Burn ISO to USB in Linux with GUI app
Nowadays it is very common to use USB drives to install Linux distributions. This enables reuse and better installation time with respect to CDs or DVDs. In this post, I will show you how to burn an ISO to a USB drive in Linux using a graphical program called Etcher.
I recently wrote how to make a bootable USB drive on any Linux distribution using a terminal. However, it is true that there are people who do not like using the terminal. Now, I will do the same but using Etcher.
Etcher is a cross-platform graphical application to burn ISO images to USB drives. It is made with JS, HTML, node.js, and Electron. So, it is cross-platform and you can also use it on Windows and Mac OS.
First of all, it is necessary to download Etcher. To do this, go to the Etcher website. Usually, it automatically defines your system and offers you to download the version for your system. However, if it does not detect your system, or detects it wrongly, you can click on the arrow next to the download button and select the image you want to use. In my case, I will download the 64-bit Linux.
When the download is complete, open your file manager and extract the archive.
Then, enter the Etcher folder, and you will see a single file with extension .AppImage. If you double-click on it in Ubuntu, it should start automatically.
Possible Etcher installation problems
However, if it does not start automatically, it means there was a problem launched in this program. To check what is wrong, it is necessary to run the program from the terminal. Yes, unfortunately, you may need to use a terminal sometime. But there is nothing too complicated. So, click with the right mouse button in the file manager and select the Open in Terminal option. This will open the terminal in the current working directory.
Next, you need to run the file in the terminal, to see if any error occurs. You run the program in the format
./PROGRAM_NAME. You can also list the available files inside the folders to check the correct file name of the program. In this case, it will be similar to this:
And when I try to launch Etcher from the command line, I see this error message:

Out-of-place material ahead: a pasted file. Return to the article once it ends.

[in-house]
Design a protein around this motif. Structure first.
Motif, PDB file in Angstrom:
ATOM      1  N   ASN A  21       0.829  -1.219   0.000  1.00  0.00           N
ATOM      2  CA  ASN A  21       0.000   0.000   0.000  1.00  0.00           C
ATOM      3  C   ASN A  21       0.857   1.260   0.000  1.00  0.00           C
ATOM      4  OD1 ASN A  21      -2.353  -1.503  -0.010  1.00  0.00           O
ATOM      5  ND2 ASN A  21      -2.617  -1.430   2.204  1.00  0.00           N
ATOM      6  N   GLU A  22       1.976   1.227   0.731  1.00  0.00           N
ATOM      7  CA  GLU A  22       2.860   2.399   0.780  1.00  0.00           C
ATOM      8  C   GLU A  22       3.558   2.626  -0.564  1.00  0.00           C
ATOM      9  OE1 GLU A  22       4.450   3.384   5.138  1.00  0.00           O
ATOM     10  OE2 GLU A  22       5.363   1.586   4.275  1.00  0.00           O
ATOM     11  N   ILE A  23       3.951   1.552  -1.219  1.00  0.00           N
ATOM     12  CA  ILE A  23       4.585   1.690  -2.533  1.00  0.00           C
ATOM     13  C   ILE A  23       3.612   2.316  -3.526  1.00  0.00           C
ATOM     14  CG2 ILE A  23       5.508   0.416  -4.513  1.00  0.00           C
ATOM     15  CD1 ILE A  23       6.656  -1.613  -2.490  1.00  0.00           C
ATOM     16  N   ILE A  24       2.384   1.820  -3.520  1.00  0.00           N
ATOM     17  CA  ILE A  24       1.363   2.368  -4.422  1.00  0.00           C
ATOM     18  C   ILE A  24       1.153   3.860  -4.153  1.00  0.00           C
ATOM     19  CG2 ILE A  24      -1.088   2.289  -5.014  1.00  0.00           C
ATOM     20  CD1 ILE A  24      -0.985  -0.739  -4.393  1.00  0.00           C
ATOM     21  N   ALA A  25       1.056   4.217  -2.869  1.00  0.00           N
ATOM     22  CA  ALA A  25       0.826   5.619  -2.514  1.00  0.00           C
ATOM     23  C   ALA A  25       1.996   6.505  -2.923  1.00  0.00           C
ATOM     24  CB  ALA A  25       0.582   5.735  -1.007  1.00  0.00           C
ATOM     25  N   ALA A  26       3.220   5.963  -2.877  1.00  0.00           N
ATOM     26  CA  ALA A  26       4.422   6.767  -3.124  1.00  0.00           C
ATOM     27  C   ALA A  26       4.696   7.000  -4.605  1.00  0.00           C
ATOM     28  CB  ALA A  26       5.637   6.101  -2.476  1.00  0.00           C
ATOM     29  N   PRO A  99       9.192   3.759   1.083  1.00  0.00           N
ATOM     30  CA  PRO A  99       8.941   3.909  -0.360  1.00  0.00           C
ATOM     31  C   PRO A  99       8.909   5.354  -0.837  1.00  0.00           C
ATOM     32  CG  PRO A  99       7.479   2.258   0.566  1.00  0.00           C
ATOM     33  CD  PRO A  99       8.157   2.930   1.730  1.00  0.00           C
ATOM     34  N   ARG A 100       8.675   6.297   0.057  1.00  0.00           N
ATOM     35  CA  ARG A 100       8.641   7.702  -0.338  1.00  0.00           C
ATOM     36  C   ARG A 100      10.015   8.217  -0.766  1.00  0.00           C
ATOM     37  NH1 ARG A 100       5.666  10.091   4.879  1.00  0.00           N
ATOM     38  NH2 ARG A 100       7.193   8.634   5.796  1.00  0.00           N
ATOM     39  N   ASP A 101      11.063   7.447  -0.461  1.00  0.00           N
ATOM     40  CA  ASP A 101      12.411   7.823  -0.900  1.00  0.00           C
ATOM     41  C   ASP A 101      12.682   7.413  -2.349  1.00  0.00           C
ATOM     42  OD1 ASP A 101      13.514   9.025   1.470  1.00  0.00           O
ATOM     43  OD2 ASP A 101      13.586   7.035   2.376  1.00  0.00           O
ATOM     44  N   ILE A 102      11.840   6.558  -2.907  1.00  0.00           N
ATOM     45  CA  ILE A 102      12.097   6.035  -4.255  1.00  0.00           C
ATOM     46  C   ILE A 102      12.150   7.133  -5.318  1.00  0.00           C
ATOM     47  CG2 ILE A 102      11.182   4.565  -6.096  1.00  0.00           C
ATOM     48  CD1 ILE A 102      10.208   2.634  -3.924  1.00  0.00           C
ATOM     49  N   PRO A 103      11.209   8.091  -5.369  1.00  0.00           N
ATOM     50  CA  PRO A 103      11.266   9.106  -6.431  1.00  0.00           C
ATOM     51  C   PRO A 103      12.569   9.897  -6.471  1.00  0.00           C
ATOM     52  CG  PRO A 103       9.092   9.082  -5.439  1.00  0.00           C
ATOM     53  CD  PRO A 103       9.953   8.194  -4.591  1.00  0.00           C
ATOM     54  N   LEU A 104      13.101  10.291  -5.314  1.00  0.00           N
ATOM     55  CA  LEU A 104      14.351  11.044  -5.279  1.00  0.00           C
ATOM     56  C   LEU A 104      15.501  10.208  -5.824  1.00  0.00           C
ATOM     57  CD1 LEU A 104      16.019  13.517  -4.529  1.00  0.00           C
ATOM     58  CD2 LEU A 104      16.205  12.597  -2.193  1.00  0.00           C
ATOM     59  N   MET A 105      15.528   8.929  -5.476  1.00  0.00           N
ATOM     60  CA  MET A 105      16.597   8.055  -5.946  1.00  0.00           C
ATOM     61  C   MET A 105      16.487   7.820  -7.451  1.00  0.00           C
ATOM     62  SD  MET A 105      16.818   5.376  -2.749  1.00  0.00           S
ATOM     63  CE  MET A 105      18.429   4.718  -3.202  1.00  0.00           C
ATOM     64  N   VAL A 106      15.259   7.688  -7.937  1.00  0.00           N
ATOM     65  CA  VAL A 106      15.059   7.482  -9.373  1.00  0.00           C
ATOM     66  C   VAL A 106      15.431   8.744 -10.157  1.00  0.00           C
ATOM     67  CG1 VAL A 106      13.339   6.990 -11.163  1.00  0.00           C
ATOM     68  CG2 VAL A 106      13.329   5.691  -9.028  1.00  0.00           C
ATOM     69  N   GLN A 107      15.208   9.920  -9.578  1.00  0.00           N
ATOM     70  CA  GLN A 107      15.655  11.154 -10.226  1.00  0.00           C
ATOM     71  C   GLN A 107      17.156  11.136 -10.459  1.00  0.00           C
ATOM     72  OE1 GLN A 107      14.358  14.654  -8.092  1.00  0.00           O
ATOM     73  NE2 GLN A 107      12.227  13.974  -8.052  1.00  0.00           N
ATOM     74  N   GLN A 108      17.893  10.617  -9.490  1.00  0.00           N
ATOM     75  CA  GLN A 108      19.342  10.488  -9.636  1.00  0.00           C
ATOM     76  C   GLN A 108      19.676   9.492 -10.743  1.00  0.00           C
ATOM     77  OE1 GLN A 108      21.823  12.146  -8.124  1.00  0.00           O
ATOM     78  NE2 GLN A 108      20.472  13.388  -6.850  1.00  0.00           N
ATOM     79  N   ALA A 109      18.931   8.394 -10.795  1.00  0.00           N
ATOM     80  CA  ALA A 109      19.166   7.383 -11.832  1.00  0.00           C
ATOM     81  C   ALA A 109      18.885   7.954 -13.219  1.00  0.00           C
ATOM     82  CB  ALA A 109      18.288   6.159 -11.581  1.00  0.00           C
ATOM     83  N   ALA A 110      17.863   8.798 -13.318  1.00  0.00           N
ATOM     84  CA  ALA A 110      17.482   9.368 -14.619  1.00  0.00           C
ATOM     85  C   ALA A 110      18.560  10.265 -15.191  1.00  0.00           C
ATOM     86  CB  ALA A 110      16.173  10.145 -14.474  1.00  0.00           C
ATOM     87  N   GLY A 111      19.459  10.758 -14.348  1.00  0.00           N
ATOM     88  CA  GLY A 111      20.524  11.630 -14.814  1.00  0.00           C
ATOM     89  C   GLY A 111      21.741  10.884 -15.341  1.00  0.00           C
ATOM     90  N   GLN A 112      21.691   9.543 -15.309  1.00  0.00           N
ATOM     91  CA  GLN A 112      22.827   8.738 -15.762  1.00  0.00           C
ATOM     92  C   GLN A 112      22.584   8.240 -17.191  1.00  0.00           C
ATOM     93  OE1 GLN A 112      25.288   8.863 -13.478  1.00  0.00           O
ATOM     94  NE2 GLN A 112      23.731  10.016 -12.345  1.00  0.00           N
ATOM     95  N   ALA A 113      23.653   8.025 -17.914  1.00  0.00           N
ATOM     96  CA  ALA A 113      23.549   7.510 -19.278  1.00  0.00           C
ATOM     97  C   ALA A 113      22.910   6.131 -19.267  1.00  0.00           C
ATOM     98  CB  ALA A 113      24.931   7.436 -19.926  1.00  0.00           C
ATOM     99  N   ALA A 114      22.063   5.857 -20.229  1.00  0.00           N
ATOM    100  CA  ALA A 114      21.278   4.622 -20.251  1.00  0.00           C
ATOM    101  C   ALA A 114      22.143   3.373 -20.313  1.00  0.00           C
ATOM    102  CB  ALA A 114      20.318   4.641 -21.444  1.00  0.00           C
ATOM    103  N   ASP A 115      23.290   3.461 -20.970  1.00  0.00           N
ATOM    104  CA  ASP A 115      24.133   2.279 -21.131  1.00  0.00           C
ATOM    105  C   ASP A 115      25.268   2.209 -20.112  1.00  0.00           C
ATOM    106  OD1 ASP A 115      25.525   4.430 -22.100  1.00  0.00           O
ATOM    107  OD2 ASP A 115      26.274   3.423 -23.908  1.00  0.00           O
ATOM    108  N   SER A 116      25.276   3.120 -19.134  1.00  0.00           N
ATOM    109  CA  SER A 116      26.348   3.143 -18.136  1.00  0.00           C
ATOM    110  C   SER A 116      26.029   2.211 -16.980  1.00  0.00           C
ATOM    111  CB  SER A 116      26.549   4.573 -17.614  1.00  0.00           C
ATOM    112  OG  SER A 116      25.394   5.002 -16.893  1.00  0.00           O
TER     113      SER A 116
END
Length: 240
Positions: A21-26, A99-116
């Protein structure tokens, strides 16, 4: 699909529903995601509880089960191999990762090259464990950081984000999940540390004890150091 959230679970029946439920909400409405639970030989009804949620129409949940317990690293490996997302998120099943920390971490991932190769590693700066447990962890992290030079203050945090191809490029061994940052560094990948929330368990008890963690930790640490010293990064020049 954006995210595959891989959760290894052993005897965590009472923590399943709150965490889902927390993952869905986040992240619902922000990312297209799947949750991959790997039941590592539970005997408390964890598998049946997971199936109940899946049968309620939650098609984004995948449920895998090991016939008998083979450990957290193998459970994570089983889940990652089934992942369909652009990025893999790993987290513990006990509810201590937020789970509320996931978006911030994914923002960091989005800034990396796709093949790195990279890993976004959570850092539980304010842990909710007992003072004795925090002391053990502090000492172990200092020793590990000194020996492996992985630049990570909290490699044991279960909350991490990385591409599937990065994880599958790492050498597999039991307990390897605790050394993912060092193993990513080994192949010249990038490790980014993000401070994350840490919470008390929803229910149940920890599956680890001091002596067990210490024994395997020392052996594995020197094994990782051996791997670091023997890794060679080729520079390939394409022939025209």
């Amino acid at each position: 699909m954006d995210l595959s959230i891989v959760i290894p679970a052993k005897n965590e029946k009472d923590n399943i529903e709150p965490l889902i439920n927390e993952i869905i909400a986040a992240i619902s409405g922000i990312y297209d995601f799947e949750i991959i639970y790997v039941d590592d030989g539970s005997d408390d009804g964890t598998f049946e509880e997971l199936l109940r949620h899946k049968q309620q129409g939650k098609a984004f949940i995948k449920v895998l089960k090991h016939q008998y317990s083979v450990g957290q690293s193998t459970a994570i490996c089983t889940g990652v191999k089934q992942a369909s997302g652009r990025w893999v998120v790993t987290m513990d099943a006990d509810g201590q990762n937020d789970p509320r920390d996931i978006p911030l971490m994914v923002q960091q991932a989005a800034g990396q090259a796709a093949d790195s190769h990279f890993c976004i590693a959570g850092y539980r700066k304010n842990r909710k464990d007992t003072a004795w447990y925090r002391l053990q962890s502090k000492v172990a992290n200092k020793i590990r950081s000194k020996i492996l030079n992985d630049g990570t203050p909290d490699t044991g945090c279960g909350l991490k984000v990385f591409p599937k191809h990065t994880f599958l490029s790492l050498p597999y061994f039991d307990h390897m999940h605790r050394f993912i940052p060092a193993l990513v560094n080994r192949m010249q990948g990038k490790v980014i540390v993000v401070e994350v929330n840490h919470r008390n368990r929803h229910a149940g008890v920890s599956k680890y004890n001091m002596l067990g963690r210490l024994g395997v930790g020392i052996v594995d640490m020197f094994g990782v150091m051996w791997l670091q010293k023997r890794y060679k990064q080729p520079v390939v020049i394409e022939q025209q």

So, as you can see in the image, the problem is that the
libgconf-2 package is not installed and it is a critical component of Etcher. So, the solution is to install it. You can search for it in your package manager (preferably Synaptic), or run this command:
1 sudo apt install libgconf-2-4
After that, Etcher should start on double-click on its file in the file manager.
Burn ISO to USB in Linux using Etcher
Once Etcher has opened, the first step is to select the ISO to burn. To do this click on the Select Image button.
Navigate and select the ISO. In this case, I will just use a mini ISO of Ubuntu.
Next, you need to select a USB Drive where to write this ISO file. Etcher usually finds USB flash drive automatically but make sure it has selected the right USB Drive because if you have several USB drives connected to your computer it might select the wrong one. So, you can change the USB drive by clicking on the Change link.
When you have done this, all that is left is to start the burning process. To do this, click on the Flash! button.
If there is no error, at the end of the whole process you will see a window like this one.
And that is it, an ISO has been burned to the flash drive successfully. Now, you can reboot your system and select the USB Drive during the boot process and it will boot the ISO image you have just written to USB flash drive. The next will be the installation of your favorite Linux distribution.
Restore your USB after the installation
It may also happen that after you use your USB as a bootable drive, it does not function as a regular USB for data storage. If this is the case, you simply need to wipe its file system and format it to normal. I have showed this procedure in this post
Etcher is a very user-friendly and reliable program to make a bootable USB Drive in Linux with the graphical interface. It is a cross-platform application, so you can also use it in Windows or Mac. Finally, if you value open-source software, Etcher is open source
If you like this post, I recommend you to read about encrypting hard drives in Linux.